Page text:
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Thursday, December 24, 2015

(On Newsstands in January 1940)

The cover of Pep Comics #2 featured another exciting Irv Novick cover, and the popularity of the character would continue to help the success of the comic. The Shield was essentially Superman, somewhat underplayed as an everyday man superhero. But he could (as he does in this issue, repel bullets, swim fearlessly with sharks, and even take a flame thrower head on!)
He showed up, kicked butt and left!
(from Pep Comics #2 - January 1940, artwork by Irv Novick)

Again, of much more interest to me was Jack Cole’s ‘The Comet’, not only because it seemed like a much more interesting character, but also for Cole’s layout and design.
(from Pep Comics #2 - January 1940, artwork by Jack Cole)

Noted Pulp writer Manly Wade Wellman continued his Rocket and the Queen of Diamonds feature (Buck Rogers takeoff), but with some interesting twists! He also continued his Fu Chang (‘The Tiger-Devil Cult) and Bentley of Scotland Yard (The Terror of Rocky Pool)
(from Pep Comics #2 - January 1940, artwork by Lin Streeter)

2013 Will Eisner Hall of Fame Inductee Mort Meskin says he was influenced by the film ‘Citizen Kane’(1941), but here we can see he had an eye for visual flair even before that movie came out!
(from Pep Comics #2 - January 1940, artwork by Mort Meskin)

(On Newsstands in January 1940)

Another great Corporal Collins cover by the amazing Charles Biro! Charlie, obviously had a future in gritty realistic comics!
(from Blue Ribbon Comics #4 - on newsstands January 1940, artwork by Charles Biro)

Ed Smalle would take over the artwork for Rang-A-Tang with issue #4 and stay on it for over a year… a top notch sequential story teller, he’d later go on to do the long running Congo Bill back up in Action Comics!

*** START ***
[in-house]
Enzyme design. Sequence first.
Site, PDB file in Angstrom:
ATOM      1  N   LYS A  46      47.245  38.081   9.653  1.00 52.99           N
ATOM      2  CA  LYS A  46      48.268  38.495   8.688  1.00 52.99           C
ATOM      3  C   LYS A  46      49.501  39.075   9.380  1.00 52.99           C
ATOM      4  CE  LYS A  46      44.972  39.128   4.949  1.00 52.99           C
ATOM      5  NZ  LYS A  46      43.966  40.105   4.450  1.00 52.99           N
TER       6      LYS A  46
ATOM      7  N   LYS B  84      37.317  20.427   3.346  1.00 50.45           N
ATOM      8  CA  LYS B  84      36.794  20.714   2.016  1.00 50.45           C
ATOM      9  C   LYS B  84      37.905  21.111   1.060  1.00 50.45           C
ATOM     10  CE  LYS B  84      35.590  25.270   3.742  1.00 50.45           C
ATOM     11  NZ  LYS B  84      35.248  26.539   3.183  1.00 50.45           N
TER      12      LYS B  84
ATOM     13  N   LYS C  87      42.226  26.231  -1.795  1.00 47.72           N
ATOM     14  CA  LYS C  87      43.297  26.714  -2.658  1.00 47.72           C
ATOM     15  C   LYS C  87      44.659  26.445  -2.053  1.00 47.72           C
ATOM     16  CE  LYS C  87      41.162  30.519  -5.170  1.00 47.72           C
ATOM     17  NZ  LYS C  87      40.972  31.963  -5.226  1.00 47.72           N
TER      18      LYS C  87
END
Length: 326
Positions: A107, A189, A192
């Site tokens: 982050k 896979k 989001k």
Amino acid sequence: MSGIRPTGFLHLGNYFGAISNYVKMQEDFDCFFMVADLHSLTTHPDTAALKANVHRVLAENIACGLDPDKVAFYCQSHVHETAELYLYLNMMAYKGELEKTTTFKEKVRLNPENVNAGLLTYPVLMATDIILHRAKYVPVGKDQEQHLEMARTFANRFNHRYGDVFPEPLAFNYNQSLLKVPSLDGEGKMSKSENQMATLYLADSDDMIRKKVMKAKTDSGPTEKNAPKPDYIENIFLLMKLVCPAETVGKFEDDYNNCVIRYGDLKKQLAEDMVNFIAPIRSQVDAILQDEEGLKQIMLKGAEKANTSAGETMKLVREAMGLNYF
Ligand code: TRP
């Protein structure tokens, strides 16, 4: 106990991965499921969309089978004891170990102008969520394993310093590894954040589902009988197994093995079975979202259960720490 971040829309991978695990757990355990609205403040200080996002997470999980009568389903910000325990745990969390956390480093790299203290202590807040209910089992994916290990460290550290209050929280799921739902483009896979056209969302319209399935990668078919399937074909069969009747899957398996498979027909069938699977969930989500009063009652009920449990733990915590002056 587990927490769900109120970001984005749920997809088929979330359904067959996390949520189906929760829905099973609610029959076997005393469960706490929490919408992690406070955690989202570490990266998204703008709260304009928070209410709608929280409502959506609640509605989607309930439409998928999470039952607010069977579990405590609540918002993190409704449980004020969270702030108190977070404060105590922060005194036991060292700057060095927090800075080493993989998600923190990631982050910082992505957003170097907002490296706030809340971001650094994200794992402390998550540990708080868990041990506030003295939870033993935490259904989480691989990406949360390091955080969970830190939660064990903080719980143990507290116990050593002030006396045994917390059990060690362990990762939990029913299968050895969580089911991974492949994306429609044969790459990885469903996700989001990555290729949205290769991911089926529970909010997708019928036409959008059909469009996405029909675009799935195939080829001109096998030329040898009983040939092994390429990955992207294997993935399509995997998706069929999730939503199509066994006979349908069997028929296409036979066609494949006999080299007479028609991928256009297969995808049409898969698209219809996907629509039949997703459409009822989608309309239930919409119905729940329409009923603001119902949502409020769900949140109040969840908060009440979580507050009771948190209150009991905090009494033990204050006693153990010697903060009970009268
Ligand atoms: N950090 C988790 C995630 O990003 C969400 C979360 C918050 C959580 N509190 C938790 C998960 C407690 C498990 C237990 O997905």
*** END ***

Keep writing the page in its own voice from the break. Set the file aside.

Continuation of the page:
(from Blue Ribbon Comics #4 - on newsstands January 1940, AND from Action Comics #191 on newsstands April 1954, artwork by Ed Smalle)

Blue Ribbon Comics #4 featured a greater emphasis on action-adventure and the start of a number of new strips, including Hercules (fighting modern day gangsters!), the Doc Savage-like Doc Strong (set 100 years in the future!), and the medieval adventurer Green Falcon drawn by female artist Ramone Patenaude.
(from Blue Ribbon Comics #4 - on newsstands January 1940, Hercules artwork by
 Elmer Weller, Doc Strong artwork by Sam Cooper, Green Falcon artwork by Edd Ashe, Green Falcon art by Ramone Patenaude)

Also introduced in this issue was… the Fox! Who had his own interesting bad guys to deal with!
(from Blue Ribbon Comics #4 - on newsstands January 1940, story by Joe Blair, artwork by Irwin Hasen)

And of course, there was Ty-Gor, Son of the Jungle - featuring an Undercover Archie moment!
(from Blue Ribbon Comics #4 - on newsstands January 1940, artwork by Mort Meskin)

Books published by MLJ Publishing (Archie Comics) and on the stands in January of 1940
Part 2 coming up!

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